Photo credit: Jo Freeman


August 28 has become an anniversary to celebrate the accomplishments of African-Americans and to demand more rights. The first one in 1963 was a March for Jobs and Freedom. The latest was a demand for a federal bill to stop state voter suppression laws. The first one brought 250,000 people from all over the country for a rally at the Lincoln Memorial. This year there were rallies and events all over the country, though the one in DC was supposed to be the main event.  The speaker’s stage was set up in the middle of the National Mall next to 7th St. The 1963 rally only had male speakers.  This one had many women, including the wife and daughter of Martin Luther King, III and female members of Congress.

About 2,000 people gathered in McPherson Square early on Saturday morning.

They listened to short speeches.

Sometime after 10:00 a.m., people began gathering on I Street.

The march finally started 40 minutes late.

Demographically, the marchers were about two-thirds white. The age range was wide, but people in their 20s and 30s predominated.

They marched to Connecticut Avenue in the hot sun.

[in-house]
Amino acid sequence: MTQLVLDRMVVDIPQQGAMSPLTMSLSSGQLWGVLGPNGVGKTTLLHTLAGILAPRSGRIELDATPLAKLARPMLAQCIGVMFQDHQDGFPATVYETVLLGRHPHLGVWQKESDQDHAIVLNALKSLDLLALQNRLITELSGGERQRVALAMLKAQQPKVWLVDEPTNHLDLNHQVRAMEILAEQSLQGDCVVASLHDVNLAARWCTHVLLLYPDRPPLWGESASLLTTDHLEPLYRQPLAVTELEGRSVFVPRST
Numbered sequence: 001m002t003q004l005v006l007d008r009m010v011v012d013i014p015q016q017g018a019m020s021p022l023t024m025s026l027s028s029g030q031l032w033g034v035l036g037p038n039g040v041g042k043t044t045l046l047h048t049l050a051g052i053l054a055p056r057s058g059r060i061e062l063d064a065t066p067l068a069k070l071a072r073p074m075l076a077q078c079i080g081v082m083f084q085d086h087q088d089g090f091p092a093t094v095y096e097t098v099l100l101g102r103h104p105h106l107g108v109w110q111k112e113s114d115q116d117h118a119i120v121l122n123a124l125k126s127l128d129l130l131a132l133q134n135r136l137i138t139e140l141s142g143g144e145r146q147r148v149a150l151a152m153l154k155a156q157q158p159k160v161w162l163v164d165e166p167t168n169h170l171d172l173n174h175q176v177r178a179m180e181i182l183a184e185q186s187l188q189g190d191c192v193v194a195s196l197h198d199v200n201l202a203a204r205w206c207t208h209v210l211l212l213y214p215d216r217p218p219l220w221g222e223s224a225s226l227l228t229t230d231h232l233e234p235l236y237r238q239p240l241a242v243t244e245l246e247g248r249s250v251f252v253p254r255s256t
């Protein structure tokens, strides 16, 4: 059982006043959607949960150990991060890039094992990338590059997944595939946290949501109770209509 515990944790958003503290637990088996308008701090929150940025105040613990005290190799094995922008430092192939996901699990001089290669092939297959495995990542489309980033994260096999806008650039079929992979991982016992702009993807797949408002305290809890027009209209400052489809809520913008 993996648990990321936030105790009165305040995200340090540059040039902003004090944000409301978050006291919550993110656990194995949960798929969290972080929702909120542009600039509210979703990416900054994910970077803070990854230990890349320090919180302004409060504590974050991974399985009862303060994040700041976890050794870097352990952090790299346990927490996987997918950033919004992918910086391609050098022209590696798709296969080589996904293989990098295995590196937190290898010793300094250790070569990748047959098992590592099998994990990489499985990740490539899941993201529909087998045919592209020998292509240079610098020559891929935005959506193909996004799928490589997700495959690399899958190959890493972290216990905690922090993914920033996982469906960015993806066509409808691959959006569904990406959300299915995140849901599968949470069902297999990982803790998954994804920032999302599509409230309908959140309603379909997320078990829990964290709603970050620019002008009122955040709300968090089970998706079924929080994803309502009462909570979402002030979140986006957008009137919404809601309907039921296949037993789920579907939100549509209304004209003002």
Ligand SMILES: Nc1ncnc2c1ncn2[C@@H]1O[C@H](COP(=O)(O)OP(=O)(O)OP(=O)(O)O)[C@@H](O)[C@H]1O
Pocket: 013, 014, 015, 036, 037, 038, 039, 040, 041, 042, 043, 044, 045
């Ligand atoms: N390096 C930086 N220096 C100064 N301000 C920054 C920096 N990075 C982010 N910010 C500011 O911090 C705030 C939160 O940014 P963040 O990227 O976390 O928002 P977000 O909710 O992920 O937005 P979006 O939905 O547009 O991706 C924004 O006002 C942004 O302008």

Then they turned toward the White House.

Pennsylvania Plaza was closed, so the marchers passed by the White House on H Street.

I had been trying to get a photo of the front-line sign since the march began, but it was virtually impossible to get a clean shot. A dozen people with bullhorns and cameras filled the space in front of the banner. The marshals held a rope about a dozen feet in front of the sign and wouldn’t let anyone else in. There were just too many heads inside the rope line blocking the sign. After several failed attempts, I ducked under the rope and got one shot before I was grabbed and ejected. I tried a few more times but finally gave up.  

The marchers turned on 15th Street to Constitution Avenue then took 14th Street to the National Mall.

On reaching the Mall, the march ended and the crowd dispersed. They were supposed to walk toward 7th St. and fill the space in front of the stage. Several jumbotrons were set up on the Mall from which the speakers could be seen and heard.

All but the jumbotrons next to the main speaker stage were superfluous since no one wanted to spend hours sitting in the broiling sun. Instead, people sought shade under trees next to the Mall Drives or decided that this was a good time to visit one of the National Museums lining the Mall which had A/C.

The space in front of the speaker stage was covered with white plastic squares to protect the grass. Folding chairs were available for those who had reserved seating. Sitting there was a lot hotter than sitting under the trees off to the side.  

After a while, no one checked credentials to restrict who could get into reserved seating.

Many groups brought their own signs. They often posed for photo ops.

Although the NAACP held a separate rally two miles away at the Lincoln Memorial, President Derrick Johnson spoke at the Mall rally.

Jo Freeman is a feminist scholar and author.

Copyright © 2021 by Jo Freeman